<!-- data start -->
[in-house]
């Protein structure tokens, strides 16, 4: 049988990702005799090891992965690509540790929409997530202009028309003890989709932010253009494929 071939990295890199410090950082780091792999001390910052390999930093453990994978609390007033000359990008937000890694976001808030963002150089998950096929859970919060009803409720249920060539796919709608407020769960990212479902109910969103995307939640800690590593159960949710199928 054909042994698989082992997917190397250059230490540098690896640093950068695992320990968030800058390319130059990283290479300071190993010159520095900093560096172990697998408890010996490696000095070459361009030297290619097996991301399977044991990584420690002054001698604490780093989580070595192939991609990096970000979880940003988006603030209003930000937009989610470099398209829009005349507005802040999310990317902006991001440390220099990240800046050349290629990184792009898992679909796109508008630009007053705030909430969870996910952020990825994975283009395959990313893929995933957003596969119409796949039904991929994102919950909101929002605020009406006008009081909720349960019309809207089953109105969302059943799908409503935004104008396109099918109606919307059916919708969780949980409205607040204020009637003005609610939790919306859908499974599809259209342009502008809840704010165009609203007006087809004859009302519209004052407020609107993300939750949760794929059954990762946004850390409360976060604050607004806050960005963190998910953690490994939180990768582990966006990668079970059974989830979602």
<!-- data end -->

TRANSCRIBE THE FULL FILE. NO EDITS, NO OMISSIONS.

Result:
[in-house]
């Protein structure tokens, strides 16, 4: 049988990702005799090891992965690509540790929409997530202009028309003890989709932010253009494929 071939990295890199410090950082780091792999001390910052390999930093453990994978609390007033000359990008937000890694976001808030963002150089998950096929859970919060009803409720249920060539796919709608407020769960990212479902109910969103995307939640800690590593159960949710199928 054909042994698989082992997917190397250059230490540098690896640093950068695992320990968030800058390319130059990283290479300071190993010159520095900093560096172990697998408890010996490696000095070459361009030297290619097996991301399977044991990584420690002054001698604490780093989580070595192939991609990096970000979880940003988006603030209003930000937009989610470099398209829009005349507005802040999310990317902006991001440390220099990240800046050349290629990184792009898992679909796109508008630009007053705030909430969870996910952020990825994975283009395959990313893929995933957003596969119409796949039904991929994102919950909101929002605020009406006008009081909720349960019309809207089953109105969302059943799908409503935004104008396109099918109606919307059916919708969780949980409205607040204020009637003005609610939790919306859908499974599809259209342009502008809840704010165009609203007006087809004859009302519209004052407020609107993300939750949760794929059954990762946004850390409360976060604050607004806050960005963190998910953690490994939180990768582990966006990668079970059974989830979602």